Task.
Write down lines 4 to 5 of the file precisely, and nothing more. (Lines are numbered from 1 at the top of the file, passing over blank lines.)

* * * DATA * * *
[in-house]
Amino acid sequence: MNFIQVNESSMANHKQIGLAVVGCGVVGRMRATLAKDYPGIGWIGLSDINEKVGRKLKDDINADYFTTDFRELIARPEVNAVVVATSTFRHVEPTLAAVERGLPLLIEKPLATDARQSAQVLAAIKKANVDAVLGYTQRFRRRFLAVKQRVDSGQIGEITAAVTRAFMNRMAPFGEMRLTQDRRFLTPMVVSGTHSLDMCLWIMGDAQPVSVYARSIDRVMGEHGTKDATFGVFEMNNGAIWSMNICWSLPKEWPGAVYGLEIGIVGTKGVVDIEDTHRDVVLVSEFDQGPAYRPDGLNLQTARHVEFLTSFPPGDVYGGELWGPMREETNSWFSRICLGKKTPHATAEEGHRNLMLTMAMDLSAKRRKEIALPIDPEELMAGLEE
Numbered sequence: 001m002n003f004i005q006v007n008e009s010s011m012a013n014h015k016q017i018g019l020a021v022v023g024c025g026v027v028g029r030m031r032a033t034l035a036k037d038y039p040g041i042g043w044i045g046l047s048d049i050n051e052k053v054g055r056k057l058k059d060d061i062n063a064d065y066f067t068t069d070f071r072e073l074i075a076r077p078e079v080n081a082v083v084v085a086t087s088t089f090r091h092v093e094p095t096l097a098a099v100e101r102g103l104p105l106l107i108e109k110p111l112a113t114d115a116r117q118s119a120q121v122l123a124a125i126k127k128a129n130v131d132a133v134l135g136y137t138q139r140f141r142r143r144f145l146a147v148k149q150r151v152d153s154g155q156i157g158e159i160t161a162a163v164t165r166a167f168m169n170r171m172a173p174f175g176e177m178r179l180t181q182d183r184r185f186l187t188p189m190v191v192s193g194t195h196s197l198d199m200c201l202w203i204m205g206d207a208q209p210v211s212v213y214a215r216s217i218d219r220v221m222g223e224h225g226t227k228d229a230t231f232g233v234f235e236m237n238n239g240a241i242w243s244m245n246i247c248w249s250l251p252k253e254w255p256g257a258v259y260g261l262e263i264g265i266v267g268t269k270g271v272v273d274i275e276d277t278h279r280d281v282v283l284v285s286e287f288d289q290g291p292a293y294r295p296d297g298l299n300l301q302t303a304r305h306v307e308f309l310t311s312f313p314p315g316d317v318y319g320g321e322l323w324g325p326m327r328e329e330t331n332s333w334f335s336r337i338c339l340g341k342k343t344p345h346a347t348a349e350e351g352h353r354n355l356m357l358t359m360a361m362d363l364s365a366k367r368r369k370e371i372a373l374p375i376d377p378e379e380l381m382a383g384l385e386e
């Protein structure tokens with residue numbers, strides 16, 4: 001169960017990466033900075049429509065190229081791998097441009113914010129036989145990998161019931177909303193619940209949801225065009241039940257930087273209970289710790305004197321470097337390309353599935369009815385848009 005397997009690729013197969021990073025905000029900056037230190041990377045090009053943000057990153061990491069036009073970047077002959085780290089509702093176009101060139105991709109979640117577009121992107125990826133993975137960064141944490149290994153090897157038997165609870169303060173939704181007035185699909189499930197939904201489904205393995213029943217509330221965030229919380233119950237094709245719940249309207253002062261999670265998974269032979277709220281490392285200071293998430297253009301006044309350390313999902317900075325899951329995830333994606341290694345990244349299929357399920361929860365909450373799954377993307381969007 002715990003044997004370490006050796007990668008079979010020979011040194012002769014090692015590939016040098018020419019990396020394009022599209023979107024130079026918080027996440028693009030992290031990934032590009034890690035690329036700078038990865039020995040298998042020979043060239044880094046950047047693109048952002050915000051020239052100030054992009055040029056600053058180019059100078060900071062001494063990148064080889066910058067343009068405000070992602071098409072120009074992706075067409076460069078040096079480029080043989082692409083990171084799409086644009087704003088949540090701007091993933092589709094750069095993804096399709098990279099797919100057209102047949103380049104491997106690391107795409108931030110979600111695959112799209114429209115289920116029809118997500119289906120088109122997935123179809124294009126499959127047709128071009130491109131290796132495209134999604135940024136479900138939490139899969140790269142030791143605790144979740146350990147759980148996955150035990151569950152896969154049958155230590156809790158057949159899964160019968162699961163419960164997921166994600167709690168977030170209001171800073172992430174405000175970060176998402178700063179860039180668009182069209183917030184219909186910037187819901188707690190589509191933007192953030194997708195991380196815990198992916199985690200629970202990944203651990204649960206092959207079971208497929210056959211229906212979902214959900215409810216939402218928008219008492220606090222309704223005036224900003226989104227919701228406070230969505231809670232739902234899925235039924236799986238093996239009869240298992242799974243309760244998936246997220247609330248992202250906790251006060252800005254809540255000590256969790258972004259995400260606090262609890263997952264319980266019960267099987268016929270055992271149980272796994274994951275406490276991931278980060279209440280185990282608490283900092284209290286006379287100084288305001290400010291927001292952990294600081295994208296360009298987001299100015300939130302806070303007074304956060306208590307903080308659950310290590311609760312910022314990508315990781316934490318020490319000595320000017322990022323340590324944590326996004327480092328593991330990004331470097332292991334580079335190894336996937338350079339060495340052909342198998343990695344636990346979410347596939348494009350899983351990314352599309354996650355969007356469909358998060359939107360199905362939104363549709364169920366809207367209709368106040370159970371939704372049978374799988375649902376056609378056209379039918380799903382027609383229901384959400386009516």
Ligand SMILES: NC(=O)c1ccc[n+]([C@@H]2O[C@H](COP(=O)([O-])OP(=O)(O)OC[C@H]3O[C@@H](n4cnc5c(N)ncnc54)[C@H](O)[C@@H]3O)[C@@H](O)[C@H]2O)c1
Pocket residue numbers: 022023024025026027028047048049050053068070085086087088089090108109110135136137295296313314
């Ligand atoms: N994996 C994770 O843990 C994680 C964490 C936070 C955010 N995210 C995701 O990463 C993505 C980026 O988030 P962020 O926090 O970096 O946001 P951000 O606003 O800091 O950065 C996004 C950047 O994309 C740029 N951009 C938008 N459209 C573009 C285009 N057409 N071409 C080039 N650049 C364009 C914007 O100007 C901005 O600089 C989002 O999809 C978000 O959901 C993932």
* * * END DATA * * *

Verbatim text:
């Protein structure tokens with residue numbers, strides 16, 4: 001169960017990466033900075049429509065190229081791998097441009113914010129036989145990998161019931177909303193619940209949801225065009241039940257930087273209970289710790305004197321470097337390309353599935369009815385848009 005397997009690729013197969021990073025905000029900056037230190041990377045090009053943000057990153061990491069036009073970047077002959085780290089509702093176009101060139105991709109979640117577009121992107125990826133993975137960064141944490149290994153090897157038997165609870169303060173939704181007035185699909189499930197939904201489904205393995213029943217509330221965030229919380233119950237094709245719940249309207253002062261999670265998974269032979277709220281490392285200071293998430297253009301006044309350390313999902317900075325899951329995830333994606341290694345990244349299929357399920361929860365909450373799954377993307381969007 002715990003044997004370490006050796007990668008079979010020979011040194012002769014090692015590939016040098018020419019990396020394009022599209023979107024130079026918080027996440028693009030992290031990934032590009034890690035690329036700078038990865039020995040298998042020979043060239044880094046950047047693109048952002050915000051020239052100030054992009055040029056600053058180019059100078060900071062001494063990148064080889066910058067343009068405000070992602071098409072120009074992706075067409076460069078040096079480029080043989082692409083990171084799409086644009087704003088949540090701007091993933092589709094750069095993804096399709098990279099797919100057209102047949103380049104491997106690391107795409108931030110979600111695959112799209114429209115289920116029809118997500119289906120088109122997935123179809124294009126499959127047709128071009130491109131290796132495209134999604135940024136479900138939490139899969140790269142030791143605790144979740146350990147759980148996955150035990151569950152896969154049958155230590156809790158057949159899964160019968162699961163419960164997921166994600167709690168977030170209001171800073172992430174405000175970060176998402178700063179860039180668009182069209183917030184219909186910037187819901188707690190589509191933007192953030194997708195991380196815990198992916199985690200629970202990944203651990204649960206092959207079971208497929210056959211229906212979902214959900215409810216939402218928008219008492220606090222309704223005036224900003226989104227919701228406070230969505231809670232739902234899925235039924236799986238093996239009869240298992242799974243309760244998936246997220247609330248992202250906790251006060252800005254809540255000590256969790258972004259995400260606090262609890263997952264319980266019960267099987268016929270055992271149980272796994274994951275406490276991931278980060279209440280185990282608490283900092284209290286006379287100084288305001290400010291927001292952990294600081295994208296360009298987001299100015300939130302806070303007074304956060306208590307903080308659950310290590311609760312910022314990508315990781316934490318020490319000595320000017322990022323340590324944590326996004327480092328593991330990004331470097332292991334580079335190894336996937338350079339060495340052909342198998343990695344636990346979410347596939348494009350899983351990314352599309354996650355969007356469909358998060359939107360199905362939104363549709364169920366809207367209709368106040370159970371939704372049978374799988375649902376056609378056209379039918380799903382027609383229901384959400386009516």
Ligand SMILES: NC(=O)c1ccc[n+]([C@@H]2O[C@H](COP(=O)([O-])OP(=O)(O)OC[C@H]3O[C@@H](n4cnc5c(N)ncnc54)[C@H](O)[C@@H]3O)[C@@H](O)[C@H]2O)c1